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  • Imagining Karma, Ethical Transformation in Amerindian, Buddhist, and Greek Rebirth
  • A. L. Herman
Imagining Karma, Ethical Transformation in Amerindian, Buddhist, and Greek Rebirth. By Gananath Obeyesekere. Berkeley: University of California Press, 2002. 448 pp.

Gananath Obeyesekere, professor emeritus of anthropology at Princeton University, is probably one of the world's greatest living anthropologists. The proof of that assertion lies in this his latest work on comparative anthropology, a study of the concept and practice of rebirth—"reincarnation" as he calls it—from ancient Greece and India to modern West Africa, Melanesia, and North America. In what follows let me briefly set forth what I understand his central thesis to be, the evidence for it, and the conclusions to be drawn from it. I will end with two very modest problems connected with this altogether intriguing and brilliant investigation into the doctrine of rebirth.

As a modified structural anthropologist, Gananath Obeyesekere rejects the rationalist model structuralism of Claude Levi-Strauss. He follows instead the lead of two of his empiricist predecessors, Max Weber and Fernand Braudel, pointing out that structures, types, or models "are constructions of scholars, not universals waiting to be discovered" (p. 351). Consequently, as this book aptly proves, Obeyesekere's own "imagined" models are based on parole data following the actual language of the cultures being studied.

Obeyesekere thus begins his book with an elementary rebirth structure based on such parole. He refers to this primitive, first structure as "rebirth eschatology," which entails the rebirth of a deceased's soul into the body of a newborn relative of the deceased but without any determining ethical component as found in the more sophisticated and complex "karmic eschatologies." Such ethically neutral kin group rebirths are found among certain small-scale societies in West Africa, the Trobriand Islands, the Northwest American coast tribes, and the Inuits (Eskimos). Obeyesekere [End Page 303] draws extensively on field studies of these groups to bolster his conclusions about them. This simple rebirth eschatology is non-Indic in origin, Obeyesekere claims, since no evidence of influences have been found between these practitioners of rebirth eschatology and work relating to the Indic religions (Hinduism and Buddhism). The entry of the soul into postdeath life, either in this world or the world of the ancestors, depends not at all, consequently, on one's this-worldly behavior such that "morality does not affect the fate of the soul after death" (p. 74).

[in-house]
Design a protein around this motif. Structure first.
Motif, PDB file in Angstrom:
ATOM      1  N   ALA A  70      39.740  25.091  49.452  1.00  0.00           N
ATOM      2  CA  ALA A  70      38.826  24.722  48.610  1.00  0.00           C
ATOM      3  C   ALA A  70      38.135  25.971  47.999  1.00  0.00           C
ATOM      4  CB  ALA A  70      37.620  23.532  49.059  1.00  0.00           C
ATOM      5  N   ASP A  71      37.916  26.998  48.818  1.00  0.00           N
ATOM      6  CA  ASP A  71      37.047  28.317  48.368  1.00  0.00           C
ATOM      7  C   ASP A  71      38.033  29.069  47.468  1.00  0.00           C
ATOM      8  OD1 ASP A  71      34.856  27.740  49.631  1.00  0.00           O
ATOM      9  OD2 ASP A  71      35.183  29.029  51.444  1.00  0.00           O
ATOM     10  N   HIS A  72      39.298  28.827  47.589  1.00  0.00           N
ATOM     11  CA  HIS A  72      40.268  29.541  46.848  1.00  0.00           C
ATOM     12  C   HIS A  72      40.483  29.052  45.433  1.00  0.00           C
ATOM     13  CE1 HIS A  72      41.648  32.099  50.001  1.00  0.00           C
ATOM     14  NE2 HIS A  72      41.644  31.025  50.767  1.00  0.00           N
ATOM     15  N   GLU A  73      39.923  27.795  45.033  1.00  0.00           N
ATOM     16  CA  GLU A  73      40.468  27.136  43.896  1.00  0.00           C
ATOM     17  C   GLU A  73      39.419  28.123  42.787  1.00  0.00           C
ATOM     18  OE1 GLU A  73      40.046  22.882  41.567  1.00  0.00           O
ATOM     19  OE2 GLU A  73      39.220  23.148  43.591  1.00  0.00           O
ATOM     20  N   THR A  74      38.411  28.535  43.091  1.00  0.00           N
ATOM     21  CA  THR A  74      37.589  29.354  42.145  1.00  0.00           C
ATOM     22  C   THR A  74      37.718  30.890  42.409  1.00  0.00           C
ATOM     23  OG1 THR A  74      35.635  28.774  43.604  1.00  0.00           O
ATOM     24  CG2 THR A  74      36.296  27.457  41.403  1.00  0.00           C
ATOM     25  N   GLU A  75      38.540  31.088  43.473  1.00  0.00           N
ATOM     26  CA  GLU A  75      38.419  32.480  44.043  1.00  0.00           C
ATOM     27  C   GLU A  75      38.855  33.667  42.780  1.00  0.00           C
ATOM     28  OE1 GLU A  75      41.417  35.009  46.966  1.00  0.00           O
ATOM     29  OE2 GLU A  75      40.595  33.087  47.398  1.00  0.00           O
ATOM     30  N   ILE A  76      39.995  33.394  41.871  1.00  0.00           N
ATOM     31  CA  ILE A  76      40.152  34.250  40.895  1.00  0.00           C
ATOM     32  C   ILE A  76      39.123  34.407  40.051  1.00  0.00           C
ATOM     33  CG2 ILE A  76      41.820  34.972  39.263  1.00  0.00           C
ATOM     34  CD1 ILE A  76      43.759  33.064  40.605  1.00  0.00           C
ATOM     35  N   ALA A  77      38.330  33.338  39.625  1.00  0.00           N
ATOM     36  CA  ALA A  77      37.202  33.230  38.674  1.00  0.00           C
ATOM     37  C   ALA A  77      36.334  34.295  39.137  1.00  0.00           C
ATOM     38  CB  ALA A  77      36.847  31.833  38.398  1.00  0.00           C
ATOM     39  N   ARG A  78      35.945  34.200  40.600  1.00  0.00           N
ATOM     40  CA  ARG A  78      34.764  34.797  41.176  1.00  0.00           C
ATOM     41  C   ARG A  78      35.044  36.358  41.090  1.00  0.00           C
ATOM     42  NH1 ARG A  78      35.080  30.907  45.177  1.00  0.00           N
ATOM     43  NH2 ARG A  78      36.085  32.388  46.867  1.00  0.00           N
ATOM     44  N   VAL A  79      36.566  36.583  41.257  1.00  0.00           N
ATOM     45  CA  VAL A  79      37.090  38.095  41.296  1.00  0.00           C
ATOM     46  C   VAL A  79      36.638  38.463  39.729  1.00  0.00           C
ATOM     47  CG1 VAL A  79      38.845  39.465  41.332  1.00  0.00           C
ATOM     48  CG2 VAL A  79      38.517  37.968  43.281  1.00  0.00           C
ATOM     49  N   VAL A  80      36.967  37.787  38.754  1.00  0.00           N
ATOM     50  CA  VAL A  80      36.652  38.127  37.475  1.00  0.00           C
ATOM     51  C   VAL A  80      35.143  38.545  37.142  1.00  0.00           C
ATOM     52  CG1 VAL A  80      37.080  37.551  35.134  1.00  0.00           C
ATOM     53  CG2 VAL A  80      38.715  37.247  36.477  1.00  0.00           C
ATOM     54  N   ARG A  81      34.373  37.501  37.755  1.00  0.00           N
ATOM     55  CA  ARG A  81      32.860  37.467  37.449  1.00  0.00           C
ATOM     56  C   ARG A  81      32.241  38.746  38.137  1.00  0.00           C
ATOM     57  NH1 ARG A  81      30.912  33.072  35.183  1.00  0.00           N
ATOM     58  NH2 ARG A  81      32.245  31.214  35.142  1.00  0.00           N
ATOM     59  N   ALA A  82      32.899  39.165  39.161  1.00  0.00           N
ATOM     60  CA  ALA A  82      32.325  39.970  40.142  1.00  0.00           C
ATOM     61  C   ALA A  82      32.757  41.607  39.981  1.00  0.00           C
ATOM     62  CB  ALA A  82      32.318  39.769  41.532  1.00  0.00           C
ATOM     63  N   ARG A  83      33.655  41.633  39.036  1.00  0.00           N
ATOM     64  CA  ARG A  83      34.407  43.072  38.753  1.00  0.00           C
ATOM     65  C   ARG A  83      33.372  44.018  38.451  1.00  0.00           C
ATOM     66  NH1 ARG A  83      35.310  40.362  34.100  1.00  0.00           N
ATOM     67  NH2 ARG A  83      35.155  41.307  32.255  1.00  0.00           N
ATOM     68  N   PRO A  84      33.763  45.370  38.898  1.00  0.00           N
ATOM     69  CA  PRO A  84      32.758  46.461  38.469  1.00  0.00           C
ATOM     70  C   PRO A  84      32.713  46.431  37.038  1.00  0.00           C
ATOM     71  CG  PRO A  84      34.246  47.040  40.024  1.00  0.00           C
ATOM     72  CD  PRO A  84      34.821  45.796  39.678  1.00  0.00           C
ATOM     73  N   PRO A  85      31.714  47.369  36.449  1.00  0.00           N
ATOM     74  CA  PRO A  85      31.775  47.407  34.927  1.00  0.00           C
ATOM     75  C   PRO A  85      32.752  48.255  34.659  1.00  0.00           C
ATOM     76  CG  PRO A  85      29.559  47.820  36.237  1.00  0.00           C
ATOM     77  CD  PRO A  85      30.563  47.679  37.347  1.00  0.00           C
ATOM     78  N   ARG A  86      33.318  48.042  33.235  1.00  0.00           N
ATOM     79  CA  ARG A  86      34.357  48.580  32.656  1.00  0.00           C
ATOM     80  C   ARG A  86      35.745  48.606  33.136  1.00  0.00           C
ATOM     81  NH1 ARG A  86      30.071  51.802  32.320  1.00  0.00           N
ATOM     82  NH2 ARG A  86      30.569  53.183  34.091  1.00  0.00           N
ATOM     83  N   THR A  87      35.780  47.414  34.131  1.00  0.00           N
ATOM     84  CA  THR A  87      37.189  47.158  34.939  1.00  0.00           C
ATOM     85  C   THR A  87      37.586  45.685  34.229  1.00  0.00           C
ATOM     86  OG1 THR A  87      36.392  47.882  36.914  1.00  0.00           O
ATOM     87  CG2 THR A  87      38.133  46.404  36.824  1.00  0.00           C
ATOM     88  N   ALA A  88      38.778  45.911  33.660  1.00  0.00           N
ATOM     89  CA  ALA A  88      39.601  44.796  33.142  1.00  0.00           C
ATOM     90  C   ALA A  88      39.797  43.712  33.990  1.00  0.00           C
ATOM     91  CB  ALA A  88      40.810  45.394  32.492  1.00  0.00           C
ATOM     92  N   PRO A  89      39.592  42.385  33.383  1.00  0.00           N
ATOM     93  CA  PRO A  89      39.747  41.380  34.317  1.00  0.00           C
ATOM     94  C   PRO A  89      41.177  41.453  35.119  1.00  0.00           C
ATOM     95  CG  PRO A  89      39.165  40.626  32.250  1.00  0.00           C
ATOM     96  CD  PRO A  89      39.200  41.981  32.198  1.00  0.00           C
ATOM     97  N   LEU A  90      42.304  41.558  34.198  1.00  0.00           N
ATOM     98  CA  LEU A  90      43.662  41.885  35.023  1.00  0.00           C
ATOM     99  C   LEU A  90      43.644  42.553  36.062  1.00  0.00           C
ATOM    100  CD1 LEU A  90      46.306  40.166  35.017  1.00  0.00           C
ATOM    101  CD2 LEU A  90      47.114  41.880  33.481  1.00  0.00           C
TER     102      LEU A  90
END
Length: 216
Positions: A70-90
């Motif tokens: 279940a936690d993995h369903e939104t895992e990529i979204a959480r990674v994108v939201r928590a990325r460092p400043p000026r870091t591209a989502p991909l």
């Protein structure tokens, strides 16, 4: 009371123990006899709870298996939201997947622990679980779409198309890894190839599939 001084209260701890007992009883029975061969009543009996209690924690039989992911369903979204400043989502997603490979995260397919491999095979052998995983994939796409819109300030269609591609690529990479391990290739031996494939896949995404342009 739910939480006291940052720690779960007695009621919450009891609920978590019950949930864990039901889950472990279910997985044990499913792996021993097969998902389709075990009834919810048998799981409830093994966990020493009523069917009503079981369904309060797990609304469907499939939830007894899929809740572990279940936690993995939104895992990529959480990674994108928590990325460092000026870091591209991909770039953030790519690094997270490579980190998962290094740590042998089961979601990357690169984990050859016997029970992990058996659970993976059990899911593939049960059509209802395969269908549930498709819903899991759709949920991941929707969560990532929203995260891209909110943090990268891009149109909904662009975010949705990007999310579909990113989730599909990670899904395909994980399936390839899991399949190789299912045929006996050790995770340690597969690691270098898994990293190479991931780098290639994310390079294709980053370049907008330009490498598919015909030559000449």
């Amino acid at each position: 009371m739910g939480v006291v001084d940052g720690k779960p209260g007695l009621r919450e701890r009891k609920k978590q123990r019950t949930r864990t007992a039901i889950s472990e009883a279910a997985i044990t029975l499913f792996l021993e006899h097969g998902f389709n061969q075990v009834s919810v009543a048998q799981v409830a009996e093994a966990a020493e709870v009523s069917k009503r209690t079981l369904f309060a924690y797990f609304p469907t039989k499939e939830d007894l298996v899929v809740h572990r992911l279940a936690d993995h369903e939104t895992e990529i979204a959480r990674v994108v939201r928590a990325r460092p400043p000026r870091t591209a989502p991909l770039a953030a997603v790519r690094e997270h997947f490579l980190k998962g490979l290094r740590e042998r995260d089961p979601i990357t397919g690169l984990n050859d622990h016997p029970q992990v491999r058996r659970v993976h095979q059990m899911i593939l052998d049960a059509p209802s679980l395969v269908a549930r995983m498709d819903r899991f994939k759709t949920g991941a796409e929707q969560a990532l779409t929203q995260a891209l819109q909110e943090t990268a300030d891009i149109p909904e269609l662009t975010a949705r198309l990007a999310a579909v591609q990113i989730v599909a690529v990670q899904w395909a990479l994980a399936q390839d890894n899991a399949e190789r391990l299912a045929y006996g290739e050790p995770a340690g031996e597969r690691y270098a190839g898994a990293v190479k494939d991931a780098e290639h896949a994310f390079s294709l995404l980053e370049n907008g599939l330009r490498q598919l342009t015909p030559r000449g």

Obeyesekere turns next to the "transformation" of this rebirth eschatology. It occurs with the introduction of the concept of ethicization, "the processes whereby morally right or wrong action becomes a religiously right or wrong action that in turn affects a person's destiny after death" (p. 75). It is Obeyesekere's contention that when ethicization is systematically introduced into any rebirth eschatology the latter must logically transform itself into a so-called "karmic eschatology." In other words, this second topological model or conceptual structure, karmic eschatology, the new ethicized rebirth eschatology, says that the otherworld for the dead is not simply a way station for departed souls waiting to be reborn, but rather that otherworld is now a place of retribution and punishment. Kinship affiliation alone no longer determines who goes where after death but moral action does. My own guess is that rebirth eschatology was introduced to answer the question of why the grandchild resembles the deceased grandparent. Karmic eschatology, on the other hand, was probably introduced to solve a more complex and sophisticated puzzle: Why is it, if there really is justice in the universe, that the wicked never get appropriately punished and the good never get sufficiently rewarded? At this stage of transformation, the law of karma, or some other principle of universal justice, now says that everyone gets what's coming to them, either in this life or the next, and that rebirth is necessary to make that principle of justice workable.1 In arguing that "rebirth cannot be divorced from ethics; it looks as if it is generated from ethics" (p. 82), Obeyesekere would seem to concur that karmic eschatology was introduced to answer the question: Why do the wicked seem to prosper and the good appear to suffer?